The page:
It took 3 or 4 weeks to get the complete effect ~ and my husband, bless him, says it’s just because the weather and light improved so my SAD backed off like it always does BUT! that doesn’t explain how this rash I had on one foot for more than two years (literally!!! and despite trying everything under the sun, from prescription creams to OTC fungicides to apple cider vinegar to bag balm, ad infinitum!) suddenly cleared up *in less than 2 weeks*, or how come I have more physical energy as well as mental clarity, why I’m able to really accomplish creatively for the first time since before my hysterectomy two years ago . . . I could go on and on (I know, I already have ;-)) but I am just SO thrilled and thankful to you for sharing your experience with me!

I’m still having issues (a LOT this year), with my summer allergies (it is Indiana, after all ;-)), so I’m going to have to revisit what you said about paleo and see if that helps later on in the season. And I’m much more aware of the effects of what I eat or drink, particularly the negative effects of things I don’t have often, such as taste-alikes like flavored coffees from JL Hufford [good thing I don’t go to the mall often!] and certain kinds of sugars, which I no doubt need to give up for good ~  but for now, I am SO enjoying being myself again!

And I am SO grateful to you for taking the time to tell me about your experience. Thank you so much!

I’m also (like many, no doubt) waiting with bated breath for “Grace” ~ that series, and the denizens of Tassamara, make me feel heart-swelly and so satisfied at the end [except that, you know, it’s over! D-`: ]

… aaannnddd I got distracted! Went to your blog for the spelling of Tassamara and got into the last three posts 😉 and then was reminded that I needed to hie off to buy some Georgia peaches and pecans from a truck that would only be there selling them for 90 minutes, met up with my sister, who came back with me and visited for a bit and only now getting back to this ;-D  Ah, life! Sometimes it’s SO fun!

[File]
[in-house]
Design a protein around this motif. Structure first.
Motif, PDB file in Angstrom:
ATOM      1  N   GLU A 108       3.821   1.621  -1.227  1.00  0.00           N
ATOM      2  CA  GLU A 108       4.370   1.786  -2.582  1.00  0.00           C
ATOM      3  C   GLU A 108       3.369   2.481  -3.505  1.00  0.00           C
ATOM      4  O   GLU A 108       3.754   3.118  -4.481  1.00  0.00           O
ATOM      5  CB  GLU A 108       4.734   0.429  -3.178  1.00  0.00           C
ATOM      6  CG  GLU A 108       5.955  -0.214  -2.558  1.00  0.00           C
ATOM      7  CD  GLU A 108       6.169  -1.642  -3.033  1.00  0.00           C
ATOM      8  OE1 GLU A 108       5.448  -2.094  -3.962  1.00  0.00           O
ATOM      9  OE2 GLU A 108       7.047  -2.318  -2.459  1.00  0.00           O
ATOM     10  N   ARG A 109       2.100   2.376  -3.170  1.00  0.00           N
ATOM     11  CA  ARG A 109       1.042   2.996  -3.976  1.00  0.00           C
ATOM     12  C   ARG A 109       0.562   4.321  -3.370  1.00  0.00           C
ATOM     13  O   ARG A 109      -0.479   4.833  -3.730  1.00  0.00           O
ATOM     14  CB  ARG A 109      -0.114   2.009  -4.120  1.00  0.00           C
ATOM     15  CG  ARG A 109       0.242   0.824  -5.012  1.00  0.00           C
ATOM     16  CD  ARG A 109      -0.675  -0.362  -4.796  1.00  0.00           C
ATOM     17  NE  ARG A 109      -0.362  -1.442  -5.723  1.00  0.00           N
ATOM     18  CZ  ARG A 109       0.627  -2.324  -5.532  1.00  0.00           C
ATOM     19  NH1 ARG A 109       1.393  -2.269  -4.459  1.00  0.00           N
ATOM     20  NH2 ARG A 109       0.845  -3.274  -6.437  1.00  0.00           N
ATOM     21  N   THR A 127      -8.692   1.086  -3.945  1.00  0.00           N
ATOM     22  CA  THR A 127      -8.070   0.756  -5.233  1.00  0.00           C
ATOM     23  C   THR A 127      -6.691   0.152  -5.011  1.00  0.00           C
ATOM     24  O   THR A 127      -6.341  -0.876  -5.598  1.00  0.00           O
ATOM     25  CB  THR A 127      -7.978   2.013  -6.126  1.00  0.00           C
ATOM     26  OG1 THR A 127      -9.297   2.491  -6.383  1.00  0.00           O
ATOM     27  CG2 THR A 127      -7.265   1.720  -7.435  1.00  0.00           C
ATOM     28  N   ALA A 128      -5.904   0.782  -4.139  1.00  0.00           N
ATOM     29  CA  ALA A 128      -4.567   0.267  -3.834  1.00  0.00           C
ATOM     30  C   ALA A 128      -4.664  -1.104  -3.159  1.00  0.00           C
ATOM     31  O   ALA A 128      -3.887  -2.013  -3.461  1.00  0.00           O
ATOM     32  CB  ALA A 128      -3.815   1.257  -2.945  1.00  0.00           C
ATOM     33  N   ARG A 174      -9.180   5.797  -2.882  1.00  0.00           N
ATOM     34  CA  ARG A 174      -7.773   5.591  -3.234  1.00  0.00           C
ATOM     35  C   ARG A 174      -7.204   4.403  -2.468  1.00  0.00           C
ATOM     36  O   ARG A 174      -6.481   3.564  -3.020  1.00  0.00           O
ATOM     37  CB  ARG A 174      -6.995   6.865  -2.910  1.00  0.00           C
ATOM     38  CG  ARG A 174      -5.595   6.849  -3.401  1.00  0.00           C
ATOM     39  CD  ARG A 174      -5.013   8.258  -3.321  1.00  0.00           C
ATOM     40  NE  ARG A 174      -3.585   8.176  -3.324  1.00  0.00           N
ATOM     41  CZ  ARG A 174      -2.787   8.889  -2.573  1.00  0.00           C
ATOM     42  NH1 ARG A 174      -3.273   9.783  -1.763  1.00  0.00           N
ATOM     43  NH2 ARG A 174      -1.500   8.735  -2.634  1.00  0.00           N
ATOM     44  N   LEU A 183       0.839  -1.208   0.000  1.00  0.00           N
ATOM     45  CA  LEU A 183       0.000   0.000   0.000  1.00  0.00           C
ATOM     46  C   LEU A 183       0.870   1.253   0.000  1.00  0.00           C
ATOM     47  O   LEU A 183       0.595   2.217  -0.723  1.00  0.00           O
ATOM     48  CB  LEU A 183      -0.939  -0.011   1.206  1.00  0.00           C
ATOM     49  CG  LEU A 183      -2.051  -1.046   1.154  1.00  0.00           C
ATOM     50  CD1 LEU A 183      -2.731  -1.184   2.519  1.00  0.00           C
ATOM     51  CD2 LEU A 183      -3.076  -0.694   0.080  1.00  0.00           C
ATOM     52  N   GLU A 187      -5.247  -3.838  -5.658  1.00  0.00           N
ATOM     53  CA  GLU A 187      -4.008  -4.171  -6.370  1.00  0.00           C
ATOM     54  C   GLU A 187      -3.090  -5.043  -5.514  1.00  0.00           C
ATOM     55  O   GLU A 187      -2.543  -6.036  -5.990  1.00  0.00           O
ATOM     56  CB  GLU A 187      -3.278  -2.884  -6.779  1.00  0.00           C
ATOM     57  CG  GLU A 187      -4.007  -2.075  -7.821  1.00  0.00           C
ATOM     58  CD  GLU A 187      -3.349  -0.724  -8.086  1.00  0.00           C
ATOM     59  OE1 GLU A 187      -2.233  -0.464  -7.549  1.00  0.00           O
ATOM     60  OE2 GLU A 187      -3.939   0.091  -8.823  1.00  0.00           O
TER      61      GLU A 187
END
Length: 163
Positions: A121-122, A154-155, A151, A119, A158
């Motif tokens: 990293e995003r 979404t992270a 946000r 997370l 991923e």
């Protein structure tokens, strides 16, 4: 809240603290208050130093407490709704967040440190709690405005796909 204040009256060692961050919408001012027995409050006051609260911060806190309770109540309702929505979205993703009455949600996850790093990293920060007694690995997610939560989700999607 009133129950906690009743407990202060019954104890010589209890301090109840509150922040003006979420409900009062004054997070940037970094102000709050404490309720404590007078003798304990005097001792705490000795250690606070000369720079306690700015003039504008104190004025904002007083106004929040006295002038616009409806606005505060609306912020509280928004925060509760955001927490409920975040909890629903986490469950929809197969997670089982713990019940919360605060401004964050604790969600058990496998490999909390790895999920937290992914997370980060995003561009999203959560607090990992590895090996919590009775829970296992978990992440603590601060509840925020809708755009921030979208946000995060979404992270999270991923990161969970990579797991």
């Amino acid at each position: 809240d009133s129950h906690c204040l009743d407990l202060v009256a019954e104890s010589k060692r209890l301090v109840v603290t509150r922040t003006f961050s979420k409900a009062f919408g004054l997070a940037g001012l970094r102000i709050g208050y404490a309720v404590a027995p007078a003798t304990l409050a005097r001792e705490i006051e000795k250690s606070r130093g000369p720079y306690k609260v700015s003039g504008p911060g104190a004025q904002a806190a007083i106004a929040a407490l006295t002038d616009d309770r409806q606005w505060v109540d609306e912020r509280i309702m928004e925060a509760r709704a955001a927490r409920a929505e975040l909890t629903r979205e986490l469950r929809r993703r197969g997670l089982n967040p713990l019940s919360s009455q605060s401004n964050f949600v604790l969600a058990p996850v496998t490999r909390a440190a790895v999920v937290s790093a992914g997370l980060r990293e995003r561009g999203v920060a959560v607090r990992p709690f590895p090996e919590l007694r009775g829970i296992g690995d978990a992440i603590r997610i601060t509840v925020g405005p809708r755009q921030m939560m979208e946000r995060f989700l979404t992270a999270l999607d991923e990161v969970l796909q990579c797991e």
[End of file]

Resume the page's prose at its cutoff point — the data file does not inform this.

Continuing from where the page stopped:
Congrats on your Serenity! LOVE the name (of course ;-))

And on deciding to head-hop (never heard it called that before!) in Grace ~ lots of people do that in their writing and if you give a section break or something to indicate the switch in POV, it shouldn’t interrupt the flow. I struggled with that rule myself when I was first told that “it’s a big No-no! It confuses the reader! It breaks the flow!” etc. etc. I still have writer friends who are almost obsessive about it . . . me, not so much. Done properly, I think it actually adds depth. Or even not done “properly” ~ for instance, the first time I heard/saw the POV switch from one character to another in the same scene was in an “In Death” novel by J.D. Robb (Nora Roberts) when it jumped from Eve Dallas to Peabody. It didn’t jolt me out of the story, ’cause I knew who was “thinking” and as I mulled it over I thought: who am I to argue with Nora Roberts, yeah? 🙂

So, yeah, rambling a bit, I know but the point I really want to make is this:

I am truly amazed by the results of this gluten-free experience and by how easy it’s been to leave it out and still be able to eat almost anything I like, substituting other favs for the gluten-bearing ones. Eating a handful of Fritos, instead of garlic bread or sour dough, with lasagna or Mexican black bean soup, for instance.

I have also, in recent weeks, had some of the dishes I like (like cheese fondue) that do require the use of gluten-bearing breads ~ but I had just enough to satisfy that craving, and I paid very close attention to how I was feeling 3-5 days later, and the effects were minimal. BIG difference to how I was feeling when I was eating gluten-bearing foods on a daily basis.

And all because I “happened” [I don’t believe in coincidence, y’know 🙂 ] to see a post about her gluten intolerance experience on Sarah’s blog ~ and because, when I asked, she was generous enough to take the time to share her experience with me in detail.

I am SO thankful to her for that. So, this is me, paying it forward. <3 Thanks, Sarah!

See you on the beach!